The rest of the conversation, verses 14-17, is a monologue that you have to read in the tone of an angry Black mother’s voice. I’ll paraphrase.
Ain’t Aaron your brother? Can’t he speak well?!? No don’t answer me when I’m asking you a question! Aaron’s on his way. No that ain’t a question! Yeah, I’d already sent for you some help because I’M GOD and I knew you had a little stutter before I even I called you over here to this burning bush! So now this is what you gone do. You gone tell Aaron EVERY WORD I tell you. I tell you. You tell Aaron. Aaron does the public speaking.
So now, you gone take this stick that turns into a snake and you gone take your self back to Egypt like I told you to and do all the stuff that I just showed you how to do.
The next verse is Moses telling Jethro that he has to go back to Egypt.
Moses wasn’t any more qualified than he was before his confrontation with God in the desert. He was still a fugitive murderer raised by the rich folk in the palace who talked about revolution for a minute before running away and nobody back home has even seen him for 40 years. Moses was still going to show up in Goshen with a new name for his people’s ancestral God, talking about God sent me to set you free, and he wouldn’t even be able to speak for himself.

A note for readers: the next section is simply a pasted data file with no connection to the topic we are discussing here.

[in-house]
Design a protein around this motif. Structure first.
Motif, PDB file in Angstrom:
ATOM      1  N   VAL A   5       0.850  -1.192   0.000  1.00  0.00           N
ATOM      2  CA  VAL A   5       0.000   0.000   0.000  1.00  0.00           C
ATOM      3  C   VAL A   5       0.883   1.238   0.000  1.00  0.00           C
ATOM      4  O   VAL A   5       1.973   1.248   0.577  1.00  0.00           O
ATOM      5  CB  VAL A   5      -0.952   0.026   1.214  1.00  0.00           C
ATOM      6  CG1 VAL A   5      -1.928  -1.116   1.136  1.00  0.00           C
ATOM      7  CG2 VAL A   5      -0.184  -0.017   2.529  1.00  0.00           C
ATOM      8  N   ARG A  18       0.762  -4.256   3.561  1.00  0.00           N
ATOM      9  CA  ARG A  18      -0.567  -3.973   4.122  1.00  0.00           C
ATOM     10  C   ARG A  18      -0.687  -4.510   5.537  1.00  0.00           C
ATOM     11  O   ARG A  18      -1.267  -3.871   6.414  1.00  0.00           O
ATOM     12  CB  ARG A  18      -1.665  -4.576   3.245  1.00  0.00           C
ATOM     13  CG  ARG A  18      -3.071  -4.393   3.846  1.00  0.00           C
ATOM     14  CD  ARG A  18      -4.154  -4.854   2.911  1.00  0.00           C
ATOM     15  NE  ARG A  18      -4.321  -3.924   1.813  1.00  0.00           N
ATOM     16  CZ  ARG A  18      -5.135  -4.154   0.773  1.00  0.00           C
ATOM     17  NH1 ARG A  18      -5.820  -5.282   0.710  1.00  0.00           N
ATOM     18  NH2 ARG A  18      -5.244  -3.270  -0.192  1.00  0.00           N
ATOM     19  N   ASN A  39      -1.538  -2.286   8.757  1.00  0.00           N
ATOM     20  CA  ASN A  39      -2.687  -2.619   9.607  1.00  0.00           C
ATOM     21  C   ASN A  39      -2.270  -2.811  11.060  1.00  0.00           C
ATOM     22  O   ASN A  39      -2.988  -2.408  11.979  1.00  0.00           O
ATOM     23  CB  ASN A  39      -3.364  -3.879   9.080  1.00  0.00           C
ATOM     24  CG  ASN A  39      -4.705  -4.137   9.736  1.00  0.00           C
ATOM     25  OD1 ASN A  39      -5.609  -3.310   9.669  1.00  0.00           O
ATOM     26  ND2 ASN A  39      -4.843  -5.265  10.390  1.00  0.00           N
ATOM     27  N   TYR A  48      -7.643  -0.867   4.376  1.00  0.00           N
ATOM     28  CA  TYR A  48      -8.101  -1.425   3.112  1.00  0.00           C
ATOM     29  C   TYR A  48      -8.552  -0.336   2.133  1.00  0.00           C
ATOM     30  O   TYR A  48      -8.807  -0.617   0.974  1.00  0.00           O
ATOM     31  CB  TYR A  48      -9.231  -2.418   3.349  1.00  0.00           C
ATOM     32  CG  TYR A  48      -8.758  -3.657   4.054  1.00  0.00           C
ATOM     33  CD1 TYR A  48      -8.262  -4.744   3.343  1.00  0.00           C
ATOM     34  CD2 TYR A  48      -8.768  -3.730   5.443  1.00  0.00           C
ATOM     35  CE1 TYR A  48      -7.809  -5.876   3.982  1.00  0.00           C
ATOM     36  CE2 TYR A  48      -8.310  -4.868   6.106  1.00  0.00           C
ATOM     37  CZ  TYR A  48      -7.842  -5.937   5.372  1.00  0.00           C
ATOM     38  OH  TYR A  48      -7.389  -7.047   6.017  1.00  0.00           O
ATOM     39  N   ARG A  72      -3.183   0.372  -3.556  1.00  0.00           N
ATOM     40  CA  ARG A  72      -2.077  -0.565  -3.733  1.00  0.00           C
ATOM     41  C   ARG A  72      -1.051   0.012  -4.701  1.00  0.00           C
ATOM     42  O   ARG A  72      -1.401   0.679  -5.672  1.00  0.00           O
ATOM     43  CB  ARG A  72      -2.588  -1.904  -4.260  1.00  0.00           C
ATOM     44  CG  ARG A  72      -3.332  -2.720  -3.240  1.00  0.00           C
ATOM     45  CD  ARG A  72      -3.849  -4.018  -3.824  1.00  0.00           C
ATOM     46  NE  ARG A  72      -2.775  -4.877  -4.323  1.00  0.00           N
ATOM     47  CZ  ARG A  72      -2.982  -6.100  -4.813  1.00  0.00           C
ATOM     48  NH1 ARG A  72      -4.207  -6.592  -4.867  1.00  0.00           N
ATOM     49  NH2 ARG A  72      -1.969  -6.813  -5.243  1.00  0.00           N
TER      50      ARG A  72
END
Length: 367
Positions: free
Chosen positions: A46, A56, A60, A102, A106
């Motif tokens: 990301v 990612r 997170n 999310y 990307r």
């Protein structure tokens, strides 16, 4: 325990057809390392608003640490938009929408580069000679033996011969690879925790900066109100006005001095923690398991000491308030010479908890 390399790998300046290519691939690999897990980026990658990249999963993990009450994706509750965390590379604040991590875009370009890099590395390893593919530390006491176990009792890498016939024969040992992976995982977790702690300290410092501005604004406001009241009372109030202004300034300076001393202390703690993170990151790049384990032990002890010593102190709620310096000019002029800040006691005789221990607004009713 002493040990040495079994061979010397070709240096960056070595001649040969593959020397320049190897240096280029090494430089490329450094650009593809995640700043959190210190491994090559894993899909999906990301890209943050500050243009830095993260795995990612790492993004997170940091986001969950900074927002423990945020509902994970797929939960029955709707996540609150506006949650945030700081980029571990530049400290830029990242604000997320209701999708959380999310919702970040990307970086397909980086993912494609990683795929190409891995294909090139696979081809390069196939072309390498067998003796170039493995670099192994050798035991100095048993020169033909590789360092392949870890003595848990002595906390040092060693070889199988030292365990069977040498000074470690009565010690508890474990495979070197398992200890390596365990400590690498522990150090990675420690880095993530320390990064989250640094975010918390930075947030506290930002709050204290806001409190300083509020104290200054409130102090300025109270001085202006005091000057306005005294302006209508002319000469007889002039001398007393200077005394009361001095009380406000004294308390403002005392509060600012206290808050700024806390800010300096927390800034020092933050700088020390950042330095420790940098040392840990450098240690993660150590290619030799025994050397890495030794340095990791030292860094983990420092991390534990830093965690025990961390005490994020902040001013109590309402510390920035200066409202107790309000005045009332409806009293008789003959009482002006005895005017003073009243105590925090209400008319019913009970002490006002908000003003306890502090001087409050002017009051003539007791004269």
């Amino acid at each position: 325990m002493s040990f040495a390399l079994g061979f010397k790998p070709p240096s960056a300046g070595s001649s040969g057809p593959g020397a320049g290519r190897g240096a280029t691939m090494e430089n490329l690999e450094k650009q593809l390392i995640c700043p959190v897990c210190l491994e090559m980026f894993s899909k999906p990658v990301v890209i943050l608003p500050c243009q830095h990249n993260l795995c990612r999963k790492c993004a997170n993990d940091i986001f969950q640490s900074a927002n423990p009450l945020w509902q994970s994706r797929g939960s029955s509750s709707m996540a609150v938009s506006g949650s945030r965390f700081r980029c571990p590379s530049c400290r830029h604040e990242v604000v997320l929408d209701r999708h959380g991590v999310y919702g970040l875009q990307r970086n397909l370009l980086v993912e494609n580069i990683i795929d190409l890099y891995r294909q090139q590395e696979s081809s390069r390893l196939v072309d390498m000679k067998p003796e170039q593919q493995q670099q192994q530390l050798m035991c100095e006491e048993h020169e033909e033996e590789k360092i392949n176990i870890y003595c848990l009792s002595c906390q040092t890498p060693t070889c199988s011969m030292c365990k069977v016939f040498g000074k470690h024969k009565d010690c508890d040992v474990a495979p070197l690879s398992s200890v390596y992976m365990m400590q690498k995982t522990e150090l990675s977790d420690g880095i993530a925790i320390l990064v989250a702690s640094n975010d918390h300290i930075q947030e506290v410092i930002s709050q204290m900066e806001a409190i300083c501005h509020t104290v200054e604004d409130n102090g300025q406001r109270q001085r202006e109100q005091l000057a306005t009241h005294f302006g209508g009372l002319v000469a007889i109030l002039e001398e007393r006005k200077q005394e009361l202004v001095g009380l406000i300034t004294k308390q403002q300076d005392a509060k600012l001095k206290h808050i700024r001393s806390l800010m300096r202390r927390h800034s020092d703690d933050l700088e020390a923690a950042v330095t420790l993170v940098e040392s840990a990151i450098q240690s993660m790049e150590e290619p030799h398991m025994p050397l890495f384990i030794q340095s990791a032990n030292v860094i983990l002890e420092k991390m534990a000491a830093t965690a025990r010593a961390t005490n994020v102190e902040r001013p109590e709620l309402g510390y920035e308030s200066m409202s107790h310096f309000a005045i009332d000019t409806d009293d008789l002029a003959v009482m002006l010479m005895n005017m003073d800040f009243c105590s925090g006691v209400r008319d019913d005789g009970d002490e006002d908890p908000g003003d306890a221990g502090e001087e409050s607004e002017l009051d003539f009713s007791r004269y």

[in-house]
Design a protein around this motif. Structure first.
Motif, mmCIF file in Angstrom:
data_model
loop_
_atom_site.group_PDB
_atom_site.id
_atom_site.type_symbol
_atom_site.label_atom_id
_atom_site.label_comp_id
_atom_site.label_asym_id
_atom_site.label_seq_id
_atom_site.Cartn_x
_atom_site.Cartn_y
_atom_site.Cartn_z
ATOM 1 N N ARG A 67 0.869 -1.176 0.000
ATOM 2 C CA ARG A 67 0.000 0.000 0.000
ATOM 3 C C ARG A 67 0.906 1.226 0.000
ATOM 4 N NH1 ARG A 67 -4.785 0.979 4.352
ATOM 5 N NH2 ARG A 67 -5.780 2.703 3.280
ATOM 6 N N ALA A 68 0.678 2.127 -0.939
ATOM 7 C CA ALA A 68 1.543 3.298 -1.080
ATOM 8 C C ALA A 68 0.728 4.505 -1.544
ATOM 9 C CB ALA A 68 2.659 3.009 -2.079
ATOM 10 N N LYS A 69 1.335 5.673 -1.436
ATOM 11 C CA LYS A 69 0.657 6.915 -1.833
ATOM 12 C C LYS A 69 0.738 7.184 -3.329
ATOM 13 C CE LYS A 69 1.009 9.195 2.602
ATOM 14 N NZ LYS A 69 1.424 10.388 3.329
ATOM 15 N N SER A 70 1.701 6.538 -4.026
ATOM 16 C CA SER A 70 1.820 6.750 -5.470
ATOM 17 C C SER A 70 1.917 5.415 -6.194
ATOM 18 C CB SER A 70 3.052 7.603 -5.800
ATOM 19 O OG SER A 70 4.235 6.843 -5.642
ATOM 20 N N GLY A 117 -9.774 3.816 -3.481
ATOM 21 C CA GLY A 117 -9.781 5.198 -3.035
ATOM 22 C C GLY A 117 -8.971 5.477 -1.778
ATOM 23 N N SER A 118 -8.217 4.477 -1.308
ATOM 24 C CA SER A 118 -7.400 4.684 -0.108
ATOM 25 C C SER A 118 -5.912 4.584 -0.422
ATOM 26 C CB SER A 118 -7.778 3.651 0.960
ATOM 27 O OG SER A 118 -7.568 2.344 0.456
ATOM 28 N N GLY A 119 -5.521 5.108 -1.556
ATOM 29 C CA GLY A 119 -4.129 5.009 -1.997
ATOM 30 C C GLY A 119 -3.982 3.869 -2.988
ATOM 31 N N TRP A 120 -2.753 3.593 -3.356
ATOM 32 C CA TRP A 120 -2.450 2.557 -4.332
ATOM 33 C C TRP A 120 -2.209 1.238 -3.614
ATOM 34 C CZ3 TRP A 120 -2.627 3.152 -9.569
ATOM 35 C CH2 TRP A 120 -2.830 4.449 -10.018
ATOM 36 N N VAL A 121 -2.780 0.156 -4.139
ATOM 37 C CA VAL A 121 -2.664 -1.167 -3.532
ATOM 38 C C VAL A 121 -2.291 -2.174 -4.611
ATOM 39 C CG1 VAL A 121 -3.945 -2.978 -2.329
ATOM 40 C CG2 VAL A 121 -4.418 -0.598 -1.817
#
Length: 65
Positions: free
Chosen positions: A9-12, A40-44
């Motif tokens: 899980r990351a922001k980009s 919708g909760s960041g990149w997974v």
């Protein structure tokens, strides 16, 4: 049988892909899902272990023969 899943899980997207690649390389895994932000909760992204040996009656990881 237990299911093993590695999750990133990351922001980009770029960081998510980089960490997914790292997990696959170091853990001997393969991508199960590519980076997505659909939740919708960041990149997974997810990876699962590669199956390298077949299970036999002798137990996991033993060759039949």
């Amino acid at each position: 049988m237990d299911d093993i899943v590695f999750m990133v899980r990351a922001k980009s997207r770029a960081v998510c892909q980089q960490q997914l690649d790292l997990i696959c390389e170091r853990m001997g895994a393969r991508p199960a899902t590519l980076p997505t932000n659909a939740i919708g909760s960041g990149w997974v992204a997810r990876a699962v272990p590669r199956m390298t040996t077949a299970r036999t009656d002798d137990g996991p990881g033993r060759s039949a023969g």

But he wemt.
The self-critical things you say may be actually be true. God knows you may be that unqualified, discredited, technically ignorant, and inarticulate. You think the Lord is going to say otherwise? God isn’t going to lie to you about you.
But God knew all of your issues and limitations BEFORE He called you to this position of authority and influence.
God knows and He doesn’t care.
The Lord doesn’t require perfection or even adequacy. God requires obedience and faithfulness.
And He said to me, “My grace is sufficient for you, for My strength is made perfect in weakness” (2 Corinthians 12:9).
But He gives more grace. Therefore He says: “God resists the proud, but gives grace to the humble (James 4:6).